ESI's Senior Analyst Alexandra Stiglmayer discussed the implementation of the EU-Turkey Statement during a panel debate organised for young leaders from Turkey and Europe who were visiting Brussels in the framework of the "Turkey Europe Future Forum" (TEFF). TEFF is a project of Stiftung Mercator in cooperation with TUSIAD and the Berlin Bosporus Initiative that promotes exchange between young leaders from Turkey and Europe.
She said few aspects of the EU-Turkey Statement work as planned and criticised in particular:
All the problems have been aggravated by an increase in arrivals, she said. In September, more than 10,500 people arrived on Greek islands, and in October it was 9,000, which was 2.5 times more than during the same months last year.
Alexandra said the only positive aspect was the use of 6 billion Euro in EU assistance for refugees in Turkey, which has brought many tangible benefits: 1.7 million refugees receive every month 120 Turkish lire (ca. 19 Euro) in cash assistance via a debit card, half a million school children receive cash support to go to school, the EU has also financed 8 million medical visits and is active in many other areas.
The other panellist, Ruud van Enk from the European Commission, provided further details on the "EU facility for Refugees in Turkey" and briefed participants on discussions on how to continue EU support after the end of this year when all 6 billion Euro will have been allocated.
Alexandra proposed that the new Greek government focuses on securing a sufficient number of asylum and other staff on the islands and at the appeals level, and that is also calls on EU member states to deploy more caseworkers and interpreters through EASO who should be used more efficiently than so far. The goal should be, she said, to process the majority of claims within two months at both levels.
She also said the Greek Asylum Service and EASO need better information about conditions for returnees in Turkey, and suggested the establishment of an independent monitoring and verification mechanism in Turkey such as an ombudsperson. She said this should be part of a package offered to Turkey, which should also include new funds for refugees.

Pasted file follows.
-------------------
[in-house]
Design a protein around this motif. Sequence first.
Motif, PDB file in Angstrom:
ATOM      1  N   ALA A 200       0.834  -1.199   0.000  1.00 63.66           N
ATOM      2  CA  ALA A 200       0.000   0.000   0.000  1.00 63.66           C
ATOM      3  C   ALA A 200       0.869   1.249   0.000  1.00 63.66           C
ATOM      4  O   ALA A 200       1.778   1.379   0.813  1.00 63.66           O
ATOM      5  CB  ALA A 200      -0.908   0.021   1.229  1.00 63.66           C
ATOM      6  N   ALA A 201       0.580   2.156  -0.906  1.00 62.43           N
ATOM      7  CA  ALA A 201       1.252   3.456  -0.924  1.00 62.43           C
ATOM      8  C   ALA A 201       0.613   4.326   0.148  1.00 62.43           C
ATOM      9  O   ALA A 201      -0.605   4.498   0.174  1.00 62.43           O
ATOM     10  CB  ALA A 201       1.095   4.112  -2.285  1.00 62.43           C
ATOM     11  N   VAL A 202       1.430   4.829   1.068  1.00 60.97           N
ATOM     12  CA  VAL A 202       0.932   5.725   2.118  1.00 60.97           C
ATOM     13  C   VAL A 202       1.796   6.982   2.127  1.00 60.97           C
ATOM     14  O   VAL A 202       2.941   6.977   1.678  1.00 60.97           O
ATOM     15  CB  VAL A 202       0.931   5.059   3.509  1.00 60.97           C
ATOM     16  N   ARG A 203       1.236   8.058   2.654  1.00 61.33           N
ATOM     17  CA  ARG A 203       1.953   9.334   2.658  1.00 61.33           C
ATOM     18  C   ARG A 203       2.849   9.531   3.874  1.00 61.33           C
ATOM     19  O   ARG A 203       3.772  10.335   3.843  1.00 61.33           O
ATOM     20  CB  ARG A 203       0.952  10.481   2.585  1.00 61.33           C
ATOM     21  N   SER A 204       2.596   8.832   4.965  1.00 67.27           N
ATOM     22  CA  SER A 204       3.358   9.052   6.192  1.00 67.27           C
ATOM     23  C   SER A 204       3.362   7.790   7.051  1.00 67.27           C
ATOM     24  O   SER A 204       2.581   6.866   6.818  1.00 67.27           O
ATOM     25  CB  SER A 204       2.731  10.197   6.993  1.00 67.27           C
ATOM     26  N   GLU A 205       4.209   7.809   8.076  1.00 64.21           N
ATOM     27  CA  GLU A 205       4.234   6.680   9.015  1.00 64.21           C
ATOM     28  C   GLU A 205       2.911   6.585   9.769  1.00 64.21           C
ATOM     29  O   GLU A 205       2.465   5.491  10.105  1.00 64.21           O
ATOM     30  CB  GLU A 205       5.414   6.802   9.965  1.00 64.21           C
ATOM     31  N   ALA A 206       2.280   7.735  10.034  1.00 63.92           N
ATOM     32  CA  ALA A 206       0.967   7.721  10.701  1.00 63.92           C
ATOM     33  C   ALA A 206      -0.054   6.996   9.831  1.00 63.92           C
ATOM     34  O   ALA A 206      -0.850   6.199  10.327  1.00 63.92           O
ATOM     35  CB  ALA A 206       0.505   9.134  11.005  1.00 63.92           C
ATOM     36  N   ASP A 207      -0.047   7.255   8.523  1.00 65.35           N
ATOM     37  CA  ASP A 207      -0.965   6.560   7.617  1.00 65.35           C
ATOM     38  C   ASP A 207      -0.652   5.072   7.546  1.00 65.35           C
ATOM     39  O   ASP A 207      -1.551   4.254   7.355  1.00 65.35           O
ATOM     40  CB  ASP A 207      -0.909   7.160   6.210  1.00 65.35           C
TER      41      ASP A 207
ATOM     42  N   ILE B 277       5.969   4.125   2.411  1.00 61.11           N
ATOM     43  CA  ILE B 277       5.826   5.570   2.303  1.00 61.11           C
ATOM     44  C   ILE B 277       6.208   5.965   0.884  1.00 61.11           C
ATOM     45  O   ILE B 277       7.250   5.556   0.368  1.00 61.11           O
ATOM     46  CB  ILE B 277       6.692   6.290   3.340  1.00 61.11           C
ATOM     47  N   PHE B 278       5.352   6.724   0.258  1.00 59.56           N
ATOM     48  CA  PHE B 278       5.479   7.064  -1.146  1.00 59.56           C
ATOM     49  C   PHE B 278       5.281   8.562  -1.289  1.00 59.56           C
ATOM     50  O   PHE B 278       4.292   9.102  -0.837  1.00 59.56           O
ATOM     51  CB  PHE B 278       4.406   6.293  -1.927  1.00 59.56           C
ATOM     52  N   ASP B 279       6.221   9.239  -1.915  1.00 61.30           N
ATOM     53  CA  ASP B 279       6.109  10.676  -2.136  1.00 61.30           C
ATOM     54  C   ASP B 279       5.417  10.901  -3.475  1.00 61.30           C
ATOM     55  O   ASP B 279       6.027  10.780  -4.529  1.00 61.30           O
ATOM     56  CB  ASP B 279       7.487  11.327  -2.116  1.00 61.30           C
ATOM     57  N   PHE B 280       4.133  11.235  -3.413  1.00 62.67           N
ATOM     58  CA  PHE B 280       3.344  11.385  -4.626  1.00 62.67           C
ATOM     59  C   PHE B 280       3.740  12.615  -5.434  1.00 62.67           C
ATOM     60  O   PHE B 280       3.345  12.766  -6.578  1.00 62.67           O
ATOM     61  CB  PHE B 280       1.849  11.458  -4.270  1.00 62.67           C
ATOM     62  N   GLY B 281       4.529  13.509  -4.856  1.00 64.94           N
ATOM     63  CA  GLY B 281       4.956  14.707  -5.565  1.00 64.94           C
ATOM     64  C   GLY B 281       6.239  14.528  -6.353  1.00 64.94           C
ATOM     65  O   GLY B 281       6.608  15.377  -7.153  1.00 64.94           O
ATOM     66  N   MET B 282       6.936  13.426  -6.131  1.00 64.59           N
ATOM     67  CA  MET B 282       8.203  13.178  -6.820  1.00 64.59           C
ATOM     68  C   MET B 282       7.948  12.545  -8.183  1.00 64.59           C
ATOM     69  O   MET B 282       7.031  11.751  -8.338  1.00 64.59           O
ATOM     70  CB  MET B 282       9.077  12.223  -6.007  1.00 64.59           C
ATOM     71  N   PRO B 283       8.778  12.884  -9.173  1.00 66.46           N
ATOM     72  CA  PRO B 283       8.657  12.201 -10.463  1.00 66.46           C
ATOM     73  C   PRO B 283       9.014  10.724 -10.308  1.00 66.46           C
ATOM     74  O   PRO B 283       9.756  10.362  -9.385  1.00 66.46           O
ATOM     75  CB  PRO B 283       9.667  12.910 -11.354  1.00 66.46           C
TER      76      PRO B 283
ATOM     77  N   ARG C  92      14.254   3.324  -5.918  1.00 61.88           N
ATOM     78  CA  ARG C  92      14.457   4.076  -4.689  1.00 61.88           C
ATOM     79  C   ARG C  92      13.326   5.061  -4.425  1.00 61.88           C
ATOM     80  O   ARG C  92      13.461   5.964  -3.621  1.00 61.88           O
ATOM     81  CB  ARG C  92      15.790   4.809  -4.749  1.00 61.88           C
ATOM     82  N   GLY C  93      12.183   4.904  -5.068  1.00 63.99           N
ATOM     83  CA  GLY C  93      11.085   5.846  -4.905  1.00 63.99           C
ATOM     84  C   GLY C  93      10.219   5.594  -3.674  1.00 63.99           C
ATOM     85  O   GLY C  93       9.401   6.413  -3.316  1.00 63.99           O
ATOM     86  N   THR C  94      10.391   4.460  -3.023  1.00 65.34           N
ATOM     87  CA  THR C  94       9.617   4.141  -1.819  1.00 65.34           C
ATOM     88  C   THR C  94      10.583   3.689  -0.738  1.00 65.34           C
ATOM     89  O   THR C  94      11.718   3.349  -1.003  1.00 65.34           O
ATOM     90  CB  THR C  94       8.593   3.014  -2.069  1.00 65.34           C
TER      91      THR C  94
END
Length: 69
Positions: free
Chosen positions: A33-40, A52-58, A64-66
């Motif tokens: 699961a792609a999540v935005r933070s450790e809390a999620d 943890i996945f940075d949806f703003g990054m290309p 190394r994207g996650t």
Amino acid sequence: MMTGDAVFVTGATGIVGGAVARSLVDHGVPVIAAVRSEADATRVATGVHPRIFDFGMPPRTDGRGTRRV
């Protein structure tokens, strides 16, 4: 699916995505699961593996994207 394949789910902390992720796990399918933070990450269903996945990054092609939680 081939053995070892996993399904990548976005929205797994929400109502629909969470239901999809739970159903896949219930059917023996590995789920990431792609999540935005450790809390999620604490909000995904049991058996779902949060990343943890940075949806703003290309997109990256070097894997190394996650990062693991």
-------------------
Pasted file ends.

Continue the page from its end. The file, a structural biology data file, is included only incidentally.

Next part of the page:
Lastly, she said, a coalition of willing member states should offer Greece concrete assistance. They could make an effort to send case workers and interpreters; to help Greece improve the reception conditions on the islands based on best-case examples from their countries; and even to relocate some of the recognised refugees once arrival numbers have gone down again.
She said there was no feasible alternative to the EU-Turkey Statement and that member states are playing with fire if they do not offer Greece concrete help and secure future funding for refugees in Turkey. In 2017, Greece was the EU country with the highest number of asylum requests per capita, and in 2018 it was second after Cyprus.
The "Turkey Europe Future Forum" brings together young leaders from Turkey and Europe for intensive dialogue in Turkey, Germany and other European countries. The forum, which was founded in 2015 to develop common understanding between young leaders from numerous sectors in Europe, is co-presided by Ruprecht Polenz, Former President of the German Parliament Foreign Affairs Committee (2010-2013) and Ümit Boyner, Vice President of TÜSİAD High Advisory Council and Boyner Holding Board Member. In addition, Federica Mogherini, the High Representative of the EU for Foreign Affairs and Security Policy supports the Forum.